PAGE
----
About 40 miles north of Apalachin, in adjacent Tompkins County, near Ithaca at the foot of scenic but frigid Cayuga lake, is another small town, Dryden,  that I remember visiting as a boy. Surrounded by the same beautiful countryside, Dryden is an old town first settled at the end of the 18th century. The town was named for the 17th Century English poet and playwright, John Dryden, translator of Virgil and of Plutarch's Lives of Noble Grecians and Romans.

Dryden has been in the news of late because of a fight between the fracking industry and town residents who wanted desperately to protect the land they love from the ravages of drilling.

Dryden sits atop the Marcellus Shale, a sedimentary rock formation that spans much of southern New York State (including my beloved Apalachin) and northern Pennsylvania.

Trapped within the shale rock is the largest source of natural gas in the United States. Getting that gas out for use as a source of energy has been made possible by the technique of hydraulic fracturing or "fracking". Fracking involves drilling into the shale formation and injecting fracking fluids under pressure in to the rock to break it up and release the trapped gas.

Fracking has the potential of being quite lucrative for the energy companies involved, and to some degree to the landowners as well. And it is being touted as the best means for making our country energy-independent. But fracking is also fraught with hazards. Fracking uses vast quantities of fresh water at a time when we have serious concerns about maintaining sufficient supplies for human populations. And the fluids used in fracking contain toxic substances that have the potential to contaminate our groundwater. The exact composition of fracking fluids are generally kept secret from the public. Fracking mars the landscape, disrupts communities with intinerant workers & heavy traffic, and has been linked to frequent earthquakes in areas where quakes have been rare events.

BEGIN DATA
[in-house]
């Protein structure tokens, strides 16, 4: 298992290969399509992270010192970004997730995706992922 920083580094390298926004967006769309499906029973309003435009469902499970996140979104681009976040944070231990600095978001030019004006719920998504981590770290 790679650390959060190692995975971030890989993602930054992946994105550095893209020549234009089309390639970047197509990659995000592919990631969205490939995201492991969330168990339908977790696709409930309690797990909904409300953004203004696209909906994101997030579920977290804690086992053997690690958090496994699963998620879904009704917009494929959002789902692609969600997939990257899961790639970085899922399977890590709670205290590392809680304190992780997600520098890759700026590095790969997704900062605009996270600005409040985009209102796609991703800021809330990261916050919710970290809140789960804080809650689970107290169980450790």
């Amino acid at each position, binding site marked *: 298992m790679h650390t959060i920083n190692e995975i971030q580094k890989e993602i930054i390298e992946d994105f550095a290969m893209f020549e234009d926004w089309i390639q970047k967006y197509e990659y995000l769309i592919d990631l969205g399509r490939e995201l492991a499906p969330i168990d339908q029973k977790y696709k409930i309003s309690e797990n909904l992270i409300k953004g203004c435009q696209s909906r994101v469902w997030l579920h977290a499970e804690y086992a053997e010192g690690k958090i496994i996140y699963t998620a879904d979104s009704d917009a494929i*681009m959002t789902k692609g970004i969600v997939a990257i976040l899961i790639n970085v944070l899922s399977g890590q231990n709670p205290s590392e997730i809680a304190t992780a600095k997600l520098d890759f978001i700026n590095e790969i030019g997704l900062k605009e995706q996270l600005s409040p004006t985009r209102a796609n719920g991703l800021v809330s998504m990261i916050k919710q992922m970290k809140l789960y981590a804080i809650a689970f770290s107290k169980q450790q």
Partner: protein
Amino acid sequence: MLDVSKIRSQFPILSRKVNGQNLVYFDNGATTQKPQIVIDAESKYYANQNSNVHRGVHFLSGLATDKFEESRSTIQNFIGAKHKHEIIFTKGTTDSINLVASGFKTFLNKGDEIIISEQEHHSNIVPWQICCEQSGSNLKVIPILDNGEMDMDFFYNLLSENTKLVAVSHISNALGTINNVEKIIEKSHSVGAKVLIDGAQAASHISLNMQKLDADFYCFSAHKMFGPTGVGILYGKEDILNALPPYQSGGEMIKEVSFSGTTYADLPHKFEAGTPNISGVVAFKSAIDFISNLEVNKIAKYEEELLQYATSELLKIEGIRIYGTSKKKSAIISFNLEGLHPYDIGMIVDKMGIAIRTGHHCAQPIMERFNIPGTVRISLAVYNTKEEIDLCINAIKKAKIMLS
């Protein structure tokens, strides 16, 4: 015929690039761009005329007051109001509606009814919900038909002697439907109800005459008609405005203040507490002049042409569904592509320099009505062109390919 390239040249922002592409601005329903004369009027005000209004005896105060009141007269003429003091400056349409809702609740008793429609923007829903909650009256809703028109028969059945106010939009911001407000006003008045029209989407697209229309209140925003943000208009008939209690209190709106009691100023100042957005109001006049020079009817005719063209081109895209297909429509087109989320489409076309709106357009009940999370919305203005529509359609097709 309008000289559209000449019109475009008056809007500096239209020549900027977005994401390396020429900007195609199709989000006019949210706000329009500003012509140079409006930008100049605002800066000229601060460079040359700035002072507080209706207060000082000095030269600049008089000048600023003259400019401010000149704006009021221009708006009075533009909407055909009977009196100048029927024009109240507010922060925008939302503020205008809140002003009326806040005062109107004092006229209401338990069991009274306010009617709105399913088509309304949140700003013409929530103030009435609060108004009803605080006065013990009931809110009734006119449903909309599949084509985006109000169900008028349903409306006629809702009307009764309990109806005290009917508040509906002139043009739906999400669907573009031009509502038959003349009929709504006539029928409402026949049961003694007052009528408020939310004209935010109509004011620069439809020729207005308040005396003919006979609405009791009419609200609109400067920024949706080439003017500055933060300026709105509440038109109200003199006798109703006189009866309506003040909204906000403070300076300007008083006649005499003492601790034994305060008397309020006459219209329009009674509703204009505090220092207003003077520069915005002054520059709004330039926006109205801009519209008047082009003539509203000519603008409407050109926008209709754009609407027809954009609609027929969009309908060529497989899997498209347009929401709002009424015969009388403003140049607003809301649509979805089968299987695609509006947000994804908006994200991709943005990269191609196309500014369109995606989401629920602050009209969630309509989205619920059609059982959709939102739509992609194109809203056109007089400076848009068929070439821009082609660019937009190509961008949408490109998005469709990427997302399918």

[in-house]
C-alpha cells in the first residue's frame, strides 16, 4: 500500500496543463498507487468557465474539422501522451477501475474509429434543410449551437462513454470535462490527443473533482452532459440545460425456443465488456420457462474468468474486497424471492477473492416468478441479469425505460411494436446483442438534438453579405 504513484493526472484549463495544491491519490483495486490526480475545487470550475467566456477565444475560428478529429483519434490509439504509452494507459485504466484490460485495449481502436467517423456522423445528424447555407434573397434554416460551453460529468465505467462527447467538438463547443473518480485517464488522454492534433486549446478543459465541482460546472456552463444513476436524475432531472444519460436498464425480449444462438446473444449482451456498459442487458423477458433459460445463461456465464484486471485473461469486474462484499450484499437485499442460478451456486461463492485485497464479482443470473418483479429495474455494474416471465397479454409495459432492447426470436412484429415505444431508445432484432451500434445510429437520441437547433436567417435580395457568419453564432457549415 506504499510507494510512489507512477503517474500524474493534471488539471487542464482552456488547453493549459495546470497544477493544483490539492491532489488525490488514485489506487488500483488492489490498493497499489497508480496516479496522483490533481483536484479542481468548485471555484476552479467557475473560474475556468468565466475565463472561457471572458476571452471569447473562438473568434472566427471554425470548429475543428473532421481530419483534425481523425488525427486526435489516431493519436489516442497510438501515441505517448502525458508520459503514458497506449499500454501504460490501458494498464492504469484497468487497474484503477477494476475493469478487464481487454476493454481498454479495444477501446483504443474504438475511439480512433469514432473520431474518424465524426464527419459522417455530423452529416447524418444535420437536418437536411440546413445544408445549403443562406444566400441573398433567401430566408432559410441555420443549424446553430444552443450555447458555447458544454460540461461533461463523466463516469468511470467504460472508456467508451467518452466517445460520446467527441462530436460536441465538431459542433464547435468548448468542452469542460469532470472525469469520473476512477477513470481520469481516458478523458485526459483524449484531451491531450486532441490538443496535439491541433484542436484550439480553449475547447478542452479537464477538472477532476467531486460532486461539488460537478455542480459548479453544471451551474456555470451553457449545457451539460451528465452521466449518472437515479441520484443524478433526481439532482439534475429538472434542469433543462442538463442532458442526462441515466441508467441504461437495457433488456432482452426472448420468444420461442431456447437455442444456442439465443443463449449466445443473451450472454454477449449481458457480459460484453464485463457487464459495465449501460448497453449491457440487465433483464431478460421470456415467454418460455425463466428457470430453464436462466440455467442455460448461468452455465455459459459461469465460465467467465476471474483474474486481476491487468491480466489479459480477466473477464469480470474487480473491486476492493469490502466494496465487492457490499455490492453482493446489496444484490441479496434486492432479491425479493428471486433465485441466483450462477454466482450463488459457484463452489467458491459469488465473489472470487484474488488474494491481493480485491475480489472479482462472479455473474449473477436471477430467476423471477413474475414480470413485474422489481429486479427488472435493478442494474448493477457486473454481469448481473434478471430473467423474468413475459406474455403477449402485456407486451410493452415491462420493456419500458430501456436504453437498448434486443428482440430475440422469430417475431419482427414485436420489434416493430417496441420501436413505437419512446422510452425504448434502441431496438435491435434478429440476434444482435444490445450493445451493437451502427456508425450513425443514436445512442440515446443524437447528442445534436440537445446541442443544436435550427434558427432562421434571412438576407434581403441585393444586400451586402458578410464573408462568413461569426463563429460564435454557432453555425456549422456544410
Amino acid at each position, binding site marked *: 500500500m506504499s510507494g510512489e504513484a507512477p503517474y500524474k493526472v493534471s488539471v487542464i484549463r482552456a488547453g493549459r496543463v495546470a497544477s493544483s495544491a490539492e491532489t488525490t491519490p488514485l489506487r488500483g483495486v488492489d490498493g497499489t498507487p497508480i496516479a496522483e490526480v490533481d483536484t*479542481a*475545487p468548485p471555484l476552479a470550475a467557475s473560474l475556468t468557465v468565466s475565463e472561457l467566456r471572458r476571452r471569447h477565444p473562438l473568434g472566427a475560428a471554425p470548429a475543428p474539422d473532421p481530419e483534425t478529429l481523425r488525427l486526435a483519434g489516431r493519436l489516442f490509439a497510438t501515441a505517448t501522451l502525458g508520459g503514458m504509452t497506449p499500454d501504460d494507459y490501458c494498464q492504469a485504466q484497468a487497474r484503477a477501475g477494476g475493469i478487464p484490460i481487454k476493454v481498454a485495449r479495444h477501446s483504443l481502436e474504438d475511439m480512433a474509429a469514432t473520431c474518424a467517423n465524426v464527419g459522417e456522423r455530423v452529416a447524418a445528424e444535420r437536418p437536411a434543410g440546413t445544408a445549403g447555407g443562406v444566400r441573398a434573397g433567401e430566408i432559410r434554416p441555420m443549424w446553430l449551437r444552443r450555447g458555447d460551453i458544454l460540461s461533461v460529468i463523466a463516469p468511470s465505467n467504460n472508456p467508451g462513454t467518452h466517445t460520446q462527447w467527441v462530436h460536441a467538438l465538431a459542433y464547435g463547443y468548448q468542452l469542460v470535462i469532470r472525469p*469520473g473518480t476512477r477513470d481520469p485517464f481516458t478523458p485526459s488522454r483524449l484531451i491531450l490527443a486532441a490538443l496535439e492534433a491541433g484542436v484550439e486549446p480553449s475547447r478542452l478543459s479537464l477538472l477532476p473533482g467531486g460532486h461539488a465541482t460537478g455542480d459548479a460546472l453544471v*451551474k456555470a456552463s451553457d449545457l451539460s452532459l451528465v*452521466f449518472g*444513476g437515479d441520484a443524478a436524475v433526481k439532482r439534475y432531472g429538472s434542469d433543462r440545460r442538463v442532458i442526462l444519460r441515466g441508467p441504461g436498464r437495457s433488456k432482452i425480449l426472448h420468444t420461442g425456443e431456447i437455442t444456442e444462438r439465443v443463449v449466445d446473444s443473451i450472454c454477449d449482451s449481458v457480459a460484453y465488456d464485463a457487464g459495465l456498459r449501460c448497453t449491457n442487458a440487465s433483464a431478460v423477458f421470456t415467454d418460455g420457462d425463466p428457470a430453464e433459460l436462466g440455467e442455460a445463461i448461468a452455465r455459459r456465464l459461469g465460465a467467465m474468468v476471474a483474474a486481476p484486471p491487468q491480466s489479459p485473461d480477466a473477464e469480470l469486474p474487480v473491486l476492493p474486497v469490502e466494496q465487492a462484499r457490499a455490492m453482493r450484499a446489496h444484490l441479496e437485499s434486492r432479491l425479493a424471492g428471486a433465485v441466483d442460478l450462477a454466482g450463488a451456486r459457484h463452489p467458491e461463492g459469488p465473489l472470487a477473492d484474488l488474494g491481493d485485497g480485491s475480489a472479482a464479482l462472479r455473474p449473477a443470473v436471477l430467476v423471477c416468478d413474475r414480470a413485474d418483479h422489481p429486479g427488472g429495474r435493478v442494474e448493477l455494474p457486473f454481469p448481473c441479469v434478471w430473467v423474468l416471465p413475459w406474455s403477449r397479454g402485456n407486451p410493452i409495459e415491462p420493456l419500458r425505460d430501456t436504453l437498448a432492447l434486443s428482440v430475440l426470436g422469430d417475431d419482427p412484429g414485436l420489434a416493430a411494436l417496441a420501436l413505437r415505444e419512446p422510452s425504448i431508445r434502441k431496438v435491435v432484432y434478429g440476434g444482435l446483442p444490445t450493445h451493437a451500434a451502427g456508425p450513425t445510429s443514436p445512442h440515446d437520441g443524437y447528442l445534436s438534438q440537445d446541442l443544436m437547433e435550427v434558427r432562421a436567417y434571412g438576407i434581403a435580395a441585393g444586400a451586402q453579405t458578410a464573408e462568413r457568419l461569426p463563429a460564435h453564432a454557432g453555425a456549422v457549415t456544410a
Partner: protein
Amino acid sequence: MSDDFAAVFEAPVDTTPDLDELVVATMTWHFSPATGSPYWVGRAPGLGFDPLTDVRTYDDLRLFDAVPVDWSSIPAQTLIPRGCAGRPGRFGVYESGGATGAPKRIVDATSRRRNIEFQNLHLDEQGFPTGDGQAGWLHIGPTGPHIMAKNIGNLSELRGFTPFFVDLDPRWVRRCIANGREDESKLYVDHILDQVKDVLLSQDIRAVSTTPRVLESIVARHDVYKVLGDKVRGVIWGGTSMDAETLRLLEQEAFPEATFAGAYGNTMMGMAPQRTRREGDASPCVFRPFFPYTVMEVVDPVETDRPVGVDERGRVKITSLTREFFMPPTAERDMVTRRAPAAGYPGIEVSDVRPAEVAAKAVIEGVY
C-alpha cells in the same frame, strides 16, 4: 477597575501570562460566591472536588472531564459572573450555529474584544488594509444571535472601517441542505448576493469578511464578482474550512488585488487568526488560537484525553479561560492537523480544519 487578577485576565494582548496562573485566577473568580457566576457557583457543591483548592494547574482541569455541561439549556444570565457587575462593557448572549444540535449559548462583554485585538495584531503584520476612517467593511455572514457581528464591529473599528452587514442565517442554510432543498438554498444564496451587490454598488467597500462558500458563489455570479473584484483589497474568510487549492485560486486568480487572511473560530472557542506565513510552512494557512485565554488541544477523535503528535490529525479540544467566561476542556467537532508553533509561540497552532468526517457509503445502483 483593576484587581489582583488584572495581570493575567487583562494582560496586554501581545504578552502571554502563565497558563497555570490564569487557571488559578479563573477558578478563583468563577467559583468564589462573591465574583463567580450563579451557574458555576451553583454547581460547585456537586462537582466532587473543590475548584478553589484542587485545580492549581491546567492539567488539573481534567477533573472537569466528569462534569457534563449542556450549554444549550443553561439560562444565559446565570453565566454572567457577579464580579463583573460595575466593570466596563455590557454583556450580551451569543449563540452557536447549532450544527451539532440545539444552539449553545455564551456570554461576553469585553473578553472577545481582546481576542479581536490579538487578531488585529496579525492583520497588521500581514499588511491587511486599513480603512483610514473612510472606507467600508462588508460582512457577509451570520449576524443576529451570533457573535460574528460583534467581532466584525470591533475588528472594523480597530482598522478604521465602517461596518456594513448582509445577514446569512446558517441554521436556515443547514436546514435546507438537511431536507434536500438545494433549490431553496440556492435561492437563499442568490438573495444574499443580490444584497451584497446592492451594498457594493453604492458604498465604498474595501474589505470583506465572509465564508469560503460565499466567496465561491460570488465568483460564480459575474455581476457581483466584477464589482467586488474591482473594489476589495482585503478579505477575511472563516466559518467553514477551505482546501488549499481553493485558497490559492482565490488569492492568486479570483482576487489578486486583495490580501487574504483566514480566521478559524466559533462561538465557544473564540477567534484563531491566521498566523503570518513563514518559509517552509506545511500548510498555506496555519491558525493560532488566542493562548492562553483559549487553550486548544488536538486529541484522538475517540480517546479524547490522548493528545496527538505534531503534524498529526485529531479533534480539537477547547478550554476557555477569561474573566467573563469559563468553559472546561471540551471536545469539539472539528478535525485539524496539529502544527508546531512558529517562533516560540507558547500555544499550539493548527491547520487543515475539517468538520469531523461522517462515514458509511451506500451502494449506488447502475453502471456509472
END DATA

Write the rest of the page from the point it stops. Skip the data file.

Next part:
Faced with an onslaught of fracking companies using high-pressure tactics to obtain rights to drill and fearing the adverse consequences of fracking, many communities, including Dryden, have voted to institute bans on fracking. After instituting its ban, Dryden was sued by a fracking company, Anschutz Exploration Corporation, in an attempt to overturn it. The town won the first two rounds of litigation and is now in the midst of a third, supported by the environmental law NGO EarthJustice.

EarthJustice produced this beautiful mini-documentary about the town's struggle. It touched me, because of my personal connection to this place, and enrages me because of the ruthlessness of these energy companies, who are often abetted by corrupt government officials. I hope you'll take a few minutes to watch it. Hopefully, Dryden and other small communities like it will prevail in their struggle. I am pessimistic, however, because the forces arrayed against them are strong and the amounts of money involved are large.